In this case one has to be a little bit bewitcher and be able to dose each sound, mix it with another one and make it resound till the natural fading and taste the empty space that divides the previous from the following one. One can work on a single event as well as full the space without really knowing what will be the final result, which sometimes is really incredible. It is a job which allows to discover, together with the public, the sound nature and that of the space which hosts it. Every environment will be different from the previous and the following one. All this is very stimulating.

Claudio Musso:Let’s make a short technical digression. You use many instruments and their relationships contribute to the musical mix which is typical of your performances. What is your approach as regards this topic?

Stefano Tedesco: Vibraphone, glockenspiel, drums, guitar, piano, concertina, effects, mixer and cables. I’m working above all with guitar, only one cymbal, effects and a computer. Sometimes the vibraphone substitutes the guitar. The computer is more and more present in my live works for many reasons. Surely I like the electroacoustic synthesis in my works. I also like the alternation between acoustic and synthesized sound and I like the improvisation gesture. However computer gives me the opportunity not to make thousands of effects and therefore to ‘travel light’ above all when I have few money.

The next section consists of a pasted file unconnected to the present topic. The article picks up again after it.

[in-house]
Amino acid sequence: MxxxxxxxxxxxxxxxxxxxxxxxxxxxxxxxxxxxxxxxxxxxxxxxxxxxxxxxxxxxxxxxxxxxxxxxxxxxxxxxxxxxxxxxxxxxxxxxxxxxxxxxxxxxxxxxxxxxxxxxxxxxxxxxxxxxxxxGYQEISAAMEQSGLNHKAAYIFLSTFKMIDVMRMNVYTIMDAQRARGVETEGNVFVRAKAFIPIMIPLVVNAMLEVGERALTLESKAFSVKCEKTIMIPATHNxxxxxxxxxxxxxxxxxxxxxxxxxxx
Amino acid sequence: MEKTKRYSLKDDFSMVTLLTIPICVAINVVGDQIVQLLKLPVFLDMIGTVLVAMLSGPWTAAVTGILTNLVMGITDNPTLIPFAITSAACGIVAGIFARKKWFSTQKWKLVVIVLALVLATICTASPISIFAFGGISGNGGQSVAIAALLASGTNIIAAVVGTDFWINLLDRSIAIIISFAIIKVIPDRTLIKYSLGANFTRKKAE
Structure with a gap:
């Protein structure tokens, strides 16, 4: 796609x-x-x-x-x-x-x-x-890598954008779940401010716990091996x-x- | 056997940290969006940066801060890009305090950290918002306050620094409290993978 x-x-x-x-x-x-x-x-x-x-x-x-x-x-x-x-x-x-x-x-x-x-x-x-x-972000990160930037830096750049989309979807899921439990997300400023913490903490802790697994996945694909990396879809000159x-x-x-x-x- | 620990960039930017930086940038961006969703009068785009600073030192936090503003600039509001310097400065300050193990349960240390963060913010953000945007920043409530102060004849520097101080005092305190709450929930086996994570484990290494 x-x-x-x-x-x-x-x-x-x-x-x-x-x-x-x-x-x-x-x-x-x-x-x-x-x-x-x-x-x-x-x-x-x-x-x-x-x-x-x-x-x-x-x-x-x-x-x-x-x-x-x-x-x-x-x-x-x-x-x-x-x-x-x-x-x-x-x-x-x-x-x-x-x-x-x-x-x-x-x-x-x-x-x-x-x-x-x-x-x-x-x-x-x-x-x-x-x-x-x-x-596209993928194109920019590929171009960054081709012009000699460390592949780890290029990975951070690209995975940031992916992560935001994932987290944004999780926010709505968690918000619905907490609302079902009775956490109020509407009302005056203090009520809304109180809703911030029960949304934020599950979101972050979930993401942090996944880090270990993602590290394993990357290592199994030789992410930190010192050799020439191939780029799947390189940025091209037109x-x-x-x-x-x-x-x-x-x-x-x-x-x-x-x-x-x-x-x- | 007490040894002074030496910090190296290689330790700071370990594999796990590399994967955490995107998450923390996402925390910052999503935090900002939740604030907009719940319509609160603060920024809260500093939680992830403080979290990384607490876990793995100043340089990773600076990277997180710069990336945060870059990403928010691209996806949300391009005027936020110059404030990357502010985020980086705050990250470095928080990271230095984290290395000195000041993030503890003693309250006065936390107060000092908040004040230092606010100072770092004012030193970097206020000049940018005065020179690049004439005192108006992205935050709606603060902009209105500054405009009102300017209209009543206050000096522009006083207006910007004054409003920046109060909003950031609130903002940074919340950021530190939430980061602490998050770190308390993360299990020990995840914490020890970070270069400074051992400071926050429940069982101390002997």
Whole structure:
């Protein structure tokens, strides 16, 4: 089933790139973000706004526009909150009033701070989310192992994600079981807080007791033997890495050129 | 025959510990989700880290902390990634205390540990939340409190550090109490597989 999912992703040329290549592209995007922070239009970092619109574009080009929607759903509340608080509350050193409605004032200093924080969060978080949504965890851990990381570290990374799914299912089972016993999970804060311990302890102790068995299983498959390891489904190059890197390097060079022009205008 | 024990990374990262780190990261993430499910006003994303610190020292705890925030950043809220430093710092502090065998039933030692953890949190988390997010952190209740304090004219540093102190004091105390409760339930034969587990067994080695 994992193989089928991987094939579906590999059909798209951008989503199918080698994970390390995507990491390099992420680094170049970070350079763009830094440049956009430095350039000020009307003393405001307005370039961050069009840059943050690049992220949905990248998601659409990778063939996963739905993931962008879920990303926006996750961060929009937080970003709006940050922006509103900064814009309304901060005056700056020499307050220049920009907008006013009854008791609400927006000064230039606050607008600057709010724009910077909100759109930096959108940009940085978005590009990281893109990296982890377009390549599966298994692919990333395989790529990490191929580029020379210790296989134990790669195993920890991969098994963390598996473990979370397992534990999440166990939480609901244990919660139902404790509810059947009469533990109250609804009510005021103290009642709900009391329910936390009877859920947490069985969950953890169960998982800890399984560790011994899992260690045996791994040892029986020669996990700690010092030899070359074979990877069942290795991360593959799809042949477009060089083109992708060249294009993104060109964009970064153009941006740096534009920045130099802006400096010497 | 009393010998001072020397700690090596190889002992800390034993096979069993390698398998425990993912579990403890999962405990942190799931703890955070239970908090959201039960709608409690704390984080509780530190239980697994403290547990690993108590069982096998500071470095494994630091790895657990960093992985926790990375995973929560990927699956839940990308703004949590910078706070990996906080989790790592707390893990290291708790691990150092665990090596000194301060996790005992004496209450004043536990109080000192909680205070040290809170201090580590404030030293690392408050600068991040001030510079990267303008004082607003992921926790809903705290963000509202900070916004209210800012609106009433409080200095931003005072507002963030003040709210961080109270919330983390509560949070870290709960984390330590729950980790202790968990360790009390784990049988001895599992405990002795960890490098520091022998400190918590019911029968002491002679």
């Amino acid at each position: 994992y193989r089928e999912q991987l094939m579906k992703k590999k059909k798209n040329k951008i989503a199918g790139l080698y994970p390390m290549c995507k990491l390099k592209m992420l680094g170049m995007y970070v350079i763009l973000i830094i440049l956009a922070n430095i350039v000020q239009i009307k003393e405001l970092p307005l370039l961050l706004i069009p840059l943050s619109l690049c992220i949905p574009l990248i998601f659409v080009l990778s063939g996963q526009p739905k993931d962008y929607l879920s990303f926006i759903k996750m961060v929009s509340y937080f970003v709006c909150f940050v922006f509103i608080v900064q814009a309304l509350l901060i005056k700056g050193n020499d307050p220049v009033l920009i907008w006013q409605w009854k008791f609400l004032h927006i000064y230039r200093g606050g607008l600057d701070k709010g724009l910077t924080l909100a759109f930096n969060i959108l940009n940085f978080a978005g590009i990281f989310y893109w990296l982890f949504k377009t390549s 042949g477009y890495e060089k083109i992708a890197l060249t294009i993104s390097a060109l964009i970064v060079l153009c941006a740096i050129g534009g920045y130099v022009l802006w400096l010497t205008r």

I decided to construct a little vibraphone that I called ‘pocket vibraphone’. I used about ten ivories of my vibe and built a wooden structure to support them, similar to that of the ORFF instrumentation. Since the vibe plates are made of metal, I asked myself if the guitar pick-up would have amplified the sound. I made some attempts with a friend of mine who plays guitar and…what a surprise…it worked. And from there a series of coincidences happened.

I recorded a demo and asked David Toop to listen to it. He was working at his CD Sound Body and was looking for a vibe player. So he asked me to record something for his CD and if he could use part of my demo for his composition. From then on I definitely entered his trio with Phil Durrant.